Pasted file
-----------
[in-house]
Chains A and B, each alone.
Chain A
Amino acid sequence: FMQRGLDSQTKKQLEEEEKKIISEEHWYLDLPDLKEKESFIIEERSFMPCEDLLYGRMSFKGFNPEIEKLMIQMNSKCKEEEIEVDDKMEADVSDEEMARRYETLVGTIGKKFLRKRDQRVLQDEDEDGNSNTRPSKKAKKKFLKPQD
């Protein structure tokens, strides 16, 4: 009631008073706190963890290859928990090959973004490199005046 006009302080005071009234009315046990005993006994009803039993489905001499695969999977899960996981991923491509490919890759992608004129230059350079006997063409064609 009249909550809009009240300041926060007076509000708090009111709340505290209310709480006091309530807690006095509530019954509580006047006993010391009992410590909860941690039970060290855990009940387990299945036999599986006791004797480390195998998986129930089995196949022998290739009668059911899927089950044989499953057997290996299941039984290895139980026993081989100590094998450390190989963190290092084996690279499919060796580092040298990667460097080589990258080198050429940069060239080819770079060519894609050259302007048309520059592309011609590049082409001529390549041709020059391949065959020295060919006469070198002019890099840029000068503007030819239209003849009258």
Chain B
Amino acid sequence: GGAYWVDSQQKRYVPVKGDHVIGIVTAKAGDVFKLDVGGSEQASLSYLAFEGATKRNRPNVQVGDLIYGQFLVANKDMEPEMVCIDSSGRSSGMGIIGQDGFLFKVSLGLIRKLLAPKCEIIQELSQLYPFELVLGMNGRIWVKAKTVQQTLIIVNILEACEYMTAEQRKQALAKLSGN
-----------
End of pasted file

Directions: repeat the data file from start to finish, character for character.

[in-house]
Chains A and B, each alone.
Chain A
Amino acid sequence: FMQRGLDSQTKKQLEEEEKKIISEEHWYLDLPDLKEKESFIIEERSFMPCEDLLYGRMSFKGFNPEIEKLMIQMNSKCKEEEIEVDDKMEADVSDEEMARRYETLVGTIGKKFLRKRDQRVLQDEDEDGNSNTRPSKKAKKKFLKPQD
């Protein structure tokens, strides 16, 4: 009631008073706190963890290859928990090959973004490199005046 006009302080005071009234009315046990005993006994009803039993489905001499695969999977899960996981991923491509490919890759992608004129230059350079006997063409064609 009249909550809009009240300041926060007076509000708090009111709340505290209310709480006091309530807690006095509530019954509580006047006993010391009992410590909860941690039970060290855990009940387990299945036999599986006791004797480390195998998986129930089995196949022998290739009668059911899927089950044989499953057997290996299941039984290895139980026993081989100590094998450390190989963190290092084996690279499919060796580092040298990667460097080589990258080198050429940069060239080819770079060519894609050259302007048309520059592309011609590049082409001529390549041709020059391949065959020295060919006469070198002019890099840029000068503007030819239209003849009258």
Chain B
Amino acid sequence: GGAYWVDSQQKRYVPVKGDHVIGIVTAKAGDVFKLDVGGSEQASLSYLAFEGATKRNRPNVQVGDLIYGQFLVANKDMEPEMVCIDSSGRSSGMGIIGQDGFLFKVSLGLIRKLLAPKCEIIQELSQLYPFELVLGMNGRIWVKAKTVQQTLIIVNILEACEYMTAEQRKQALAKLSGN